I use newspapers a lot for both family history research and as sources for articles I write. They are great for tracking down people and learning about particular events as they were reported at the time they occurred. Many websites have digitized pages so you can see the actual accounts. Indexing means you can search for keywords and dates.
I have subscriptions at Newspapers.com through Ancestry (https://www.newspapers.com/) and The British Newspaper Archive (https://www.britishnewspaperarchive.co.uk/) Along with my database subscriptions at FindMyPast, TheGenealogist and MyHeritage come more newspapers (or perhaps many of the same). Most of the papers go back to the 18th century. They do not all have the same newspapers but between all the sources, the world is covered very well.
I have used individual newspaper archives as not all the major or local news publications are part of the subscription-based websites. Subscriptions are required by some. The Times (London) can be sourced through a subscription at the Gale website. (https://www.gale.com/intl/c/the-times-digital-archive)
Many papers can be viewed through public library facilities or websites. My local library card gets me to a few of those. Often contacting a library in the area where you are looking for information will get a willing staff member to look up news items for you. Be sure to thank them!
The University of Alberta sponsors a website called Peel’s Prairie Provinces which has a large inventory of local and regional newspapers and directories online that go back to 1871. (http://peel.library.ualberta.ca/aboutsite.html) Their collections include many local publications from towns and cities across the province. I am sure other regions have similar collections. The archives of our local paper, the Calgary Herald are available through the University of Calgary website. (https://calgarylibrary.ca/read-learn-and-explore/digital-library/calgary-herald-archive-online/)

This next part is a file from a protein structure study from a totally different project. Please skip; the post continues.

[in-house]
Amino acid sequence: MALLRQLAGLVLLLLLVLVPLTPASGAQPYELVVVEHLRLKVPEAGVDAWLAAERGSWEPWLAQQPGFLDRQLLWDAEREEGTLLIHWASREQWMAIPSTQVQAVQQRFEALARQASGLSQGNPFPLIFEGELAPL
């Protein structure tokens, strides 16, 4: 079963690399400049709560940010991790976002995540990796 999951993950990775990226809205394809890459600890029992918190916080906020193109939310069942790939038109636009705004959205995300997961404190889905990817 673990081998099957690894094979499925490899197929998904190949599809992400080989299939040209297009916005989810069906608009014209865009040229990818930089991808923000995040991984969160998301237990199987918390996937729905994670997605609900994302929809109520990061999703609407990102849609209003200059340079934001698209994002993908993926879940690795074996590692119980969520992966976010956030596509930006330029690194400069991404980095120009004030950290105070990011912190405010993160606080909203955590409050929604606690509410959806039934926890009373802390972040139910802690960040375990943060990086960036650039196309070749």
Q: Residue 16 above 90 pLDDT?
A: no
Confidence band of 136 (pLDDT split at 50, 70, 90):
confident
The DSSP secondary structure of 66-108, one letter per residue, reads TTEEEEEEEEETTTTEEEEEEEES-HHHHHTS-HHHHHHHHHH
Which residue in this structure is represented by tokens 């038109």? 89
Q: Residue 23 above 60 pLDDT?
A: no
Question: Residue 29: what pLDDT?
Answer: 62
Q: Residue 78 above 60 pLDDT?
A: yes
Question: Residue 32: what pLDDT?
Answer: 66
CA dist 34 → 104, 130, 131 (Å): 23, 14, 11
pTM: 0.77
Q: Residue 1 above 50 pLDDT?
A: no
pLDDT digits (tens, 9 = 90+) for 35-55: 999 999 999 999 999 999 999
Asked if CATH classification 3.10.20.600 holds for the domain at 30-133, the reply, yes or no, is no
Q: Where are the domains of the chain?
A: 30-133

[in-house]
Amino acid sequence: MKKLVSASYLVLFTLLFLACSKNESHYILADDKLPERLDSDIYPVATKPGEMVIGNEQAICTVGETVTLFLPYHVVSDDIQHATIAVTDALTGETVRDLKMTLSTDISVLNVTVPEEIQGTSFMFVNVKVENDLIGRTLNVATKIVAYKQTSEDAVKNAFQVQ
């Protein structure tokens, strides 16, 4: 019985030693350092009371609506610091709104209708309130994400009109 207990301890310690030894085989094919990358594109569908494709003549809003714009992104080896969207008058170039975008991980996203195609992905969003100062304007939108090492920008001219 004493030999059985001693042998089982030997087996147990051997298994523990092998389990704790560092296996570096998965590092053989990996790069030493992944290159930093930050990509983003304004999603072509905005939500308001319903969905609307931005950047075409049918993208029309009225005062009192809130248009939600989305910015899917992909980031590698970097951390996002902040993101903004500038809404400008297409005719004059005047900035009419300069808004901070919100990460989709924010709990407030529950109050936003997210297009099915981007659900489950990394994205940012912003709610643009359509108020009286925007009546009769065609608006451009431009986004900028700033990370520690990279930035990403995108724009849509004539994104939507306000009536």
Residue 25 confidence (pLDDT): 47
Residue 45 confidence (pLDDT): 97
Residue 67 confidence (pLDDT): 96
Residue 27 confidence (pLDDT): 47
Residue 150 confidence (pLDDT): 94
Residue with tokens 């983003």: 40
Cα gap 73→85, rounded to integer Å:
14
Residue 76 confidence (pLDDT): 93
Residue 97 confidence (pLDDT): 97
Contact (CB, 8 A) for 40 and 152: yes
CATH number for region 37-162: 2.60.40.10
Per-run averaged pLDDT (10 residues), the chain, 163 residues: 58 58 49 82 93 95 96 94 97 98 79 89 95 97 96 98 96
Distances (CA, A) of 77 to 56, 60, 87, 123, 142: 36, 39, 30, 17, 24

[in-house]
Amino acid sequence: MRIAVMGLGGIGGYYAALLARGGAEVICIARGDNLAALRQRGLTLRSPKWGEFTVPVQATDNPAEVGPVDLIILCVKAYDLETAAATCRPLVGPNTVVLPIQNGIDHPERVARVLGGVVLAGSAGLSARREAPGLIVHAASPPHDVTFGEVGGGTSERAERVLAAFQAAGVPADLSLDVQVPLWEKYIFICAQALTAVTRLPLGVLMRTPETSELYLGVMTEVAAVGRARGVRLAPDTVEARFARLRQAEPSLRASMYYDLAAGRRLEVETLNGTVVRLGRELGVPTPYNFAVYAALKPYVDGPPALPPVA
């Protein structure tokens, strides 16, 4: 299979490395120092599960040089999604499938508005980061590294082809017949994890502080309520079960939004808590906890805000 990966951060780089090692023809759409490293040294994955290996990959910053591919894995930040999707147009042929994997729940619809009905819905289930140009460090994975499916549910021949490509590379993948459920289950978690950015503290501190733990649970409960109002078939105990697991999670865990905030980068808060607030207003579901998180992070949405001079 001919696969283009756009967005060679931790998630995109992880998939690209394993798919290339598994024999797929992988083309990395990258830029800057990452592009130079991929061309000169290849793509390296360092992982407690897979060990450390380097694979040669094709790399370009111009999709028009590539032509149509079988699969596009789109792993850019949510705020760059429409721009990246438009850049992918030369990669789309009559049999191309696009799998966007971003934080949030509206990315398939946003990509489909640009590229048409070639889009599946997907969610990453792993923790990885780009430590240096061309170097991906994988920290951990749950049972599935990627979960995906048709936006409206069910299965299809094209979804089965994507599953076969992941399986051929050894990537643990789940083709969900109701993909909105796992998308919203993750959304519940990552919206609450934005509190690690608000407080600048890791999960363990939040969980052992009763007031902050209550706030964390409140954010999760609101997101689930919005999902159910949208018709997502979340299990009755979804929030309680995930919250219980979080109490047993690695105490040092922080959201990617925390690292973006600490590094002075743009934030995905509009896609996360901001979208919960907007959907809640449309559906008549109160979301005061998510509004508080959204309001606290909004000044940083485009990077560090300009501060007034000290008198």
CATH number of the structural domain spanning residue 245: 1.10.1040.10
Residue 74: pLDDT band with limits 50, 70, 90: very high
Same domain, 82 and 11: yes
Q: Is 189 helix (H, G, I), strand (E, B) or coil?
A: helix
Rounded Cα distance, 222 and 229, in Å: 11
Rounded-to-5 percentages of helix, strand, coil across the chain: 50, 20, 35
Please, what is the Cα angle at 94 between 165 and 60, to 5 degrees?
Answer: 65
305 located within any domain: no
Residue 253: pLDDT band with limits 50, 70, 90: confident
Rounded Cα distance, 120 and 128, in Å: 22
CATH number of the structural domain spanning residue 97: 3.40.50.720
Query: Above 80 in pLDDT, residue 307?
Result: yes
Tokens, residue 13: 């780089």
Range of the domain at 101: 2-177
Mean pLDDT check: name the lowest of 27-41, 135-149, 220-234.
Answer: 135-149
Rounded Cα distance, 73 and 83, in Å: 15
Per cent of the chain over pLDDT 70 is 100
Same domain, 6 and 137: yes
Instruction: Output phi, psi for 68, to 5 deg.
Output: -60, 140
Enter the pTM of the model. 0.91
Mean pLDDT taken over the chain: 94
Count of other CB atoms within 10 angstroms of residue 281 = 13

Most individual newspapers have their own archives, some of which are searchable for free. National archives also are great repositories for historical publications including newspapers. In the United States there is the Chronicling America webpages of the Library of Congress. (https://chroniclingamerica.loc.gov/) In Canada many newspapers have been collected, digitized and are searchable at the Library and Archives Canada website. (https://www.bac-lac.gc.ca/eng/discover/newspapers/newspaper-collection/Pages/newspapers-collection.aspx) In the United Kingdom there is The National Archives website. (https://www.nationalarchives.gov.uk/help-with-your-research/research-guides/newspapers/)
If you cannot access subscription sites directly you may be able to at your local library or Family History Centre. If you have a library card, it may allow you to sign into certain websites from home.
Just in the past few months, I have looked at and downloaded news items about a 1906 accidental death in Toronto, Ontario; a series of volcanic eruptions in Iceland in 1783-84; a 1984 obituary for a family member; another one from 1909; a tidal wave that hit southern Newfoundland in 1929; a 1917 report about an ancestor who was a WWI casualty; a wedding of a cousin in Saskatchewan in 1890; an epidemic in 1878; deadly winter weather in Europe in 1740; and a myriad of other bits and pieces about people, places and events.
Almost no matter what information you are seeking, you may find references in newspapers going back several hundred years. You even find, as many family historians can attest, data about that elusive ancestor that normal data sources do not have – possibly a picture of them. Give it a try.